By Dylan Davis

I had the fortune to attend the 2018 International Law Weekend as a Harris Institute student ambassador. Curious to learn how new, popular technologies might alter international commercial transactions,  I took a special interest in the panel, “Smart Contracts and Blockchain: Where Will Disputes Arise and How Should They Be Resolved.”

The panel explored the advantages and disadvantages of these technologies, especially with respect to their relationship to international law.  Daniel Reich (Shearman & Sterling) moderated a panel discussion with: Aaron Wright (Cardozo School of Law), Rebecca Bratspies (City University of New York – School of Law), Robert A. Schwinger (Norton Rose Fulbright), and David Earnest (Shearman & Sterling).

Smart Contracts and Blockchain

Blockchain is a technology that uses a decentralized digital ledger to catalogue past transactions. It has the advantage of being practically immutable, making the technology’s record-keeping extremely secure. After information has been added to the “chain,” it cannot be erased, and the information is available to all users, which provides the technology with the additional advantage of transparency.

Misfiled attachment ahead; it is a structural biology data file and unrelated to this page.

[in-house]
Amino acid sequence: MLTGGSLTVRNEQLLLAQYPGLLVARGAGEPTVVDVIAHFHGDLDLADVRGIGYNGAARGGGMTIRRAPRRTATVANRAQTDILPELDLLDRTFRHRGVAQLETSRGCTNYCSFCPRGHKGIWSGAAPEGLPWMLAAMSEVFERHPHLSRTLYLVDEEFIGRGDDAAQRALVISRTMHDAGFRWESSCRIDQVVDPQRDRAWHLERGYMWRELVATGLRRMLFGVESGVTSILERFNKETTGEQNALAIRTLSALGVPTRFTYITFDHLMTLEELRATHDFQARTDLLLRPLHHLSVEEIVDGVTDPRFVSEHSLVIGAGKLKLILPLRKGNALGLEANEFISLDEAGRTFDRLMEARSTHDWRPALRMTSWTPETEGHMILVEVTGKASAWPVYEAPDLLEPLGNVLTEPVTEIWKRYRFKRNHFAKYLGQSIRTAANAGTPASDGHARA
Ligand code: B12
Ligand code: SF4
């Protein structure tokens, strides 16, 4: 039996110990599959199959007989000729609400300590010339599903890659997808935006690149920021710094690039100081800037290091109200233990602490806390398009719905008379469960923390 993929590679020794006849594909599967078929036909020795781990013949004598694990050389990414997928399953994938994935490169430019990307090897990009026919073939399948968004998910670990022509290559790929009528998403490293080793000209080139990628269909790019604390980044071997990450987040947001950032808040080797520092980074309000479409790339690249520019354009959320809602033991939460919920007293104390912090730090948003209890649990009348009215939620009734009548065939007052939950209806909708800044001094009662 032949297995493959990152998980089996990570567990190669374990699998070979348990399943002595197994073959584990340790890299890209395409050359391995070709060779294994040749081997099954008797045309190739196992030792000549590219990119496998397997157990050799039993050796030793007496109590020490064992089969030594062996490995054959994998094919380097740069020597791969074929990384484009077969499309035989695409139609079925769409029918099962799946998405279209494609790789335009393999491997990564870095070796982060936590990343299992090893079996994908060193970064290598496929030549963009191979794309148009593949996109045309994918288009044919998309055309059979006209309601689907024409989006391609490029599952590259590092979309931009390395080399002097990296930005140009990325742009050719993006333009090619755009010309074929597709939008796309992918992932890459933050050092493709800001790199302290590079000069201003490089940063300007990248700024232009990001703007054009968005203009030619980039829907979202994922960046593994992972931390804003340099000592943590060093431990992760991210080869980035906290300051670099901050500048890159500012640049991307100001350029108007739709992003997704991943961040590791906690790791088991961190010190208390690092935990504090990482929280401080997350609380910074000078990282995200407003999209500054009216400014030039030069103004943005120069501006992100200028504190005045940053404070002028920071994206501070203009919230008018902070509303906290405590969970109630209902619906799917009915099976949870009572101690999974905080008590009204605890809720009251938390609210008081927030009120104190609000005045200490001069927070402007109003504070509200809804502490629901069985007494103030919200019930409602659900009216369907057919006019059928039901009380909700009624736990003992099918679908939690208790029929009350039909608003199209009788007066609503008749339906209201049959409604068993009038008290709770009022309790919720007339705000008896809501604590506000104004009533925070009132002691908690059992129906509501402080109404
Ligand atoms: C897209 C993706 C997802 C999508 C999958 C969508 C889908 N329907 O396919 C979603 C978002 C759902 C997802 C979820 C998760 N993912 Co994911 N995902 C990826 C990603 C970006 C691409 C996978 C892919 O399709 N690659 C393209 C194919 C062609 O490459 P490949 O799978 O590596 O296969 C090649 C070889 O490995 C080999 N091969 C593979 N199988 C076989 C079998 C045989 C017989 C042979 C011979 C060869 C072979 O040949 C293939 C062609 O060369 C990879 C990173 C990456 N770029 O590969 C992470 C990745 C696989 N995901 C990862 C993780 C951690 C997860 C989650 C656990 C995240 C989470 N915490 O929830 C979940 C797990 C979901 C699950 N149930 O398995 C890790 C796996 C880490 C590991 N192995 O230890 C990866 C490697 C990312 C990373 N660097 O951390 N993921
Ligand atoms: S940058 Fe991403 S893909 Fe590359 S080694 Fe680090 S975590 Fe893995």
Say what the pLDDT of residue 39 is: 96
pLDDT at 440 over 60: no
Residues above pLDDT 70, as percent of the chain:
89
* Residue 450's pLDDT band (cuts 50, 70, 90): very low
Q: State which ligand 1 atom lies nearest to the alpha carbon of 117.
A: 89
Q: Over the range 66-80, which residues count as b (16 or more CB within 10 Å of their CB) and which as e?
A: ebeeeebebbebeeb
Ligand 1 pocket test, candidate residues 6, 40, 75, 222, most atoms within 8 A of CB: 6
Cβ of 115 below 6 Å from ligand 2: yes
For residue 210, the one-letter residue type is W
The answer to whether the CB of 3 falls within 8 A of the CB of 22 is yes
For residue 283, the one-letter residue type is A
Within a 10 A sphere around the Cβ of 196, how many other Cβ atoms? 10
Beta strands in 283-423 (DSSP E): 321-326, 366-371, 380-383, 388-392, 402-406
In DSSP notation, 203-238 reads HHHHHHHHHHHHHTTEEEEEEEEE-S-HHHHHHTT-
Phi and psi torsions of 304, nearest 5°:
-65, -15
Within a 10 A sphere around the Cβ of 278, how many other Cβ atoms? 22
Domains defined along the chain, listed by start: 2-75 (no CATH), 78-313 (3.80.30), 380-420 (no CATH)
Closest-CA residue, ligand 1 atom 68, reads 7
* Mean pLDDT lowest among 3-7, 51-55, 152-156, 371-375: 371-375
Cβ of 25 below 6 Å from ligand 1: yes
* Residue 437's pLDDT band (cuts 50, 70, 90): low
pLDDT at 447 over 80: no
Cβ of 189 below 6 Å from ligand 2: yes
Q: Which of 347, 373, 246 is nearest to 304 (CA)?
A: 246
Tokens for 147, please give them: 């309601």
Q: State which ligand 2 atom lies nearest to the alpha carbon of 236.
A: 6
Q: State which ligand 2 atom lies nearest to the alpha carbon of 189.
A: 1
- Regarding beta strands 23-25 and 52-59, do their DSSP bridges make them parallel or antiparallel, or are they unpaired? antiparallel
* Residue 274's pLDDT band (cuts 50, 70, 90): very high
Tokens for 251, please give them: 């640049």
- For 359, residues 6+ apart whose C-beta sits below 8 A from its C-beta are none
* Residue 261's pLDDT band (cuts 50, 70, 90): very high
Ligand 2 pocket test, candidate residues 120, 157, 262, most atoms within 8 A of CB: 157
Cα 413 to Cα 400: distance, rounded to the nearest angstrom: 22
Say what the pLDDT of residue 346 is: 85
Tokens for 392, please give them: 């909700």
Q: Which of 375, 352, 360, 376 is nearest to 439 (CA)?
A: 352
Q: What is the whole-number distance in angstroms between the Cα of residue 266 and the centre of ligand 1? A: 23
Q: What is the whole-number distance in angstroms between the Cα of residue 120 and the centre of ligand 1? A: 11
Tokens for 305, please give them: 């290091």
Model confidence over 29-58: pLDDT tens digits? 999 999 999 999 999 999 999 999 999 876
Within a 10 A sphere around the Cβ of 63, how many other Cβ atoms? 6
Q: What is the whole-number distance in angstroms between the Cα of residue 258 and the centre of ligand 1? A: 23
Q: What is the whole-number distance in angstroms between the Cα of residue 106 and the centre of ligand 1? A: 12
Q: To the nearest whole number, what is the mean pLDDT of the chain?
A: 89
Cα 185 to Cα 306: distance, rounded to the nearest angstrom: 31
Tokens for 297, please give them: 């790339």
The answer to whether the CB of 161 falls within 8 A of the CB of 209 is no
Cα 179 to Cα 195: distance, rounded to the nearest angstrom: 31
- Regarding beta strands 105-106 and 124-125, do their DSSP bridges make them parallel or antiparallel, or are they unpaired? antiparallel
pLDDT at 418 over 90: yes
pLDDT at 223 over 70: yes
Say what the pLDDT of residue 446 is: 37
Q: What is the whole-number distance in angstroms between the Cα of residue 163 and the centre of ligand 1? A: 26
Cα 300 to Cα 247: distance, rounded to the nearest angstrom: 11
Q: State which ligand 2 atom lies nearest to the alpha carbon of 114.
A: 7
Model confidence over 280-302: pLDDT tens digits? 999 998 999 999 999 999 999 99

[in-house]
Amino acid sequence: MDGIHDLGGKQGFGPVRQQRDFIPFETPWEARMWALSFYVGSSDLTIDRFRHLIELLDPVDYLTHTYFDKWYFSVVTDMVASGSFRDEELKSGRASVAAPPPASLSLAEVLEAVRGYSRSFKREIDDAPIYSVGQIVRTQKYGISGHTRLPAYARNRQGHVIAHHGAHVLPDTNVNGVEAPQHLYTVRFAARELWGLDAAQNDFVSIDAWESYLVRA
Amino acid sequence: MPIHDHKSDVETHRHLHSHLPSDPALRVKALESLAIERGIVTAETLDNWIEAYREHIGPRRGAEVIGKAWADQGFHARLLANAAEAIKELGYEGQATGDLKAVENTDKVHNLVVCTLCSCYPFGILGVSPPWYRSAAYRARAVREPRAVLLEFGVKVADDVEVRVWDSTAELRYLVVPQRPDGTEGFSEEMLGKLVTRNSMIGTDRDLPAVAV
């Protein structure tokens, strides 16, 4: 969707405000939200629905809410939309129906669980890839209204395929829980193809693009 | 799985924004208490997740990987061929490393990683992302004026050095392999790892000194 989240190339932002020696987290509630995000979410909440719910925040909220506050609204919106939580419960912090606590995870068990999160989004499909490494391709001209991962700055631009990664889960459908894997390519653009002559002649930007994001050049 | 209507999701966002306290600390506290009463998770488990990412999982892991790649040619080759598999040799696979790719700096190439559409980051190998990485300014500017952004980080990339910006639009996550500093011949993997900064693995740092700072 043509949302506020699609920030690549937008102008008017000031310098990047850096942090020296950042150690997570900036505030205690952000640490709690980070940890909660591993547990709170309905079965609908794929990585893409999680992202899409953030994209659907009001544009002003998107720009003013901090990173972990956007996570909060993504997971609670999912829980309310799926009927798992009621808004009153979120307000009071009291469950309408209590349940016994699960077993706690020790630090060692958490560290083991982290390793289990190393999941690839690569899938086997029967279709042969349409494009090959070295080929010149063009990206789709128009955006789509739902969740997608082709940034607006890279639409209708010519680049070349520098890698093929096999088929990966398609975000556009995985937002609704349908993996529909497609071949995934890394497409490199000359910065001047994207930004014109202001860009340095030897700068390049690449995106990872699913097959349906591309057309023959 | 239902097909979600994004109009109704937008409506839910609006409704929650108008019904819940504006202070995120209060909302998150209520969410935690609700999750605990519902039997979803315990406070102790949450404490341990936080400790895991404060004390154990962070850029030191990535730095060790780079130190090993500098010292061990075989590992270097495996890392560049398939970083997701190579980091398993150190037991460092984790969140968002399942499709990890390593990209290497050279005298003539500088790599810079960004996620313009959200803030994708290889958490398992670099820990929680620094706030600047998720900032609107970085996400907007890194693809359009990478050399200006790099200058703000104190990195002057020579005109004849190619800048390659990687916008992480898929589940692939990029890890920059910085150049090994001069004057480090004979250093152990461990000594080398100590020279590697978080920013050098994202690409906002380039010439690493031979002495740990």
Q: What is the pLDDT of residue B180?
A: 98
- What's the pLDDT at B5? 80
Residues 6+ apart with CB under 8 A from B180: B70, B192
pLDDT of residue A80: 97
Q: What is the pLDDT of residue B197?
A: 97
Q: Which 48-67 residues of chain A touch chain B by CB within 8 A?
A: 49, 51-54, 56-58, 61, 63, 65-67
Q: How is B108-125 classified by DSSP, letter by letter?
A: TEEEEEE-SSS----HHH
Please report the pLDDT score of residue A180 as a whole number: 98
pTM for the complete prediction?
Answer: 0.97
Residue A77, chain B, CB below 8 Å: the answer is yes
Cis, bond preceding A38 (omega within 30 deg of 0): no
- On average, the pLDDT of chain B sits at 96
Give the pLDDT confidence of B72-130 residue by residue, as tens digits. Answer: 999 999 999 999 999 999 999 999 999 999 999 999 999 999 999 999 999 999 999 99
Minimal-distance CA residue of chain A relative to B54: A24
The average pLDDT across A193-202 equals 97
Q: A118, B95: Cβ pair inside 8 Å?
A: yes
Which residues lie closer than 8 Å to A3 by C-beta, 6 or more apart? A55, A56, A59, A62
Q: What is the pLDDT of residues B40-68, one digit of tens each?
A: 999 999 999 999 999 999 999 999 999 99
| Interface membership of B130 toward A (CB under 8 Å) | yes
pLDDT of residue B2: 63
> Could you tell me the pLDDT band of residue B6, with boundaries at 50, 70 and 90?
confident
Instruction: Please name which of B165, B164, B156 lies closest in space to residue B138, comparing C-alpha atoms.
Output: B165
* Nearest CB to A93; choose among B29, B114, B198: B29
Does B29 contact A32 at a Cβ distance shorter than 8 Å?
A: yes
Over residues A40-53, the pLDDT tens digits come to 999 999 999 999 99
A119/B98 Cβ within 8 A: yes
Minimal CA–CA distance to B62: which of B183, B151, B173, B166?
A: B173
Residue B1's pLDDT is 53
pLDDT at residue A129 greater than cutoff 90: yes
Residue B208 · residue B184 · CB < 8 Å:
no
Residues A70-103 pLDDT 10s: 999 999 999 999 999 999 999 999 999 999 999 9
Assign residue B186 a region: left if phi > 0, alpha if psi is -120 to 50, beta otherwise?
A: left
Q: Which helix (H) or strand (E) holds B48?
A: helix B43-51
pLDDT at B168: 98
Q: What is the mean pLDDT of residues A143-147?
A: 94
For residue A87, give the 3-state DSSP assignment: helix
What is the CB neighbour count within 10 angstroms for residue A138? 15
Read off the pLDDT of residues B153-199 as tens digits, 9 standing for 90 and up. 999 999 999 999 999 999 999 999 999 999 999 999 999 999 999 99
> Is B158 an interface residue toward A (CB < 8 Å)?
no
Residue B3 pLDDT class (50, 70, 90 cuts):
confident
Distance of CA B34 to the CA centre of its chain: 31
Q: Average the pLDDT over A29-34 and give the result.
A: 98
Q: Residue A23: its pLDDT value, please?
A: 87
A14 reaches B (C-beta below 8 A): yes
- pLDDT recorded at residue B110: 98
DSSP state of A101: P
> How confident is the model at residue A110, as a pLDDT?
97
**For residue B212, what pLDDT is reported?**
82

This feature of Blockchain may have an enormous impact on the state of commercial transactions for the manner in which it eliminates the need for both intermediaries and trust. In particular, the technology is viewed as incredibly productive when coupled with Smart Contracts. A Smart Contract is similar to a traditional contract, except it is self-executing. Upon the completion of some condition, the bargained-for benefit is provided. A simple illustration of this is a vending machine, which completes a transaction automatically and eliminates the need for an intermediary. Smart Contracts are commonly computer programs, though, and can therefore integrate the Blockchain into their operations. When a Smart Contract uses the Blockchain, it will be able to reference a secure, transparent catalogue when executing some transaction. Aaron Wright provided an example of a program that would allow a business to set up an agreement with an employee and develop a form of auto-payment; using the Blockchain, both the terms of the agreement and its execution can be displayed in a secure, open manner. Smart Contracts are heralded for their efficiency and ability to reduce the need of intermediaries, such as lawyers, financial institutions, or others. In fact, Mr. Wright speculated that one obstacle to the widespread use of Smart Contracts might come from Civil Law countries, where notaries might be resistant to the technology fulfilling certain of their functions.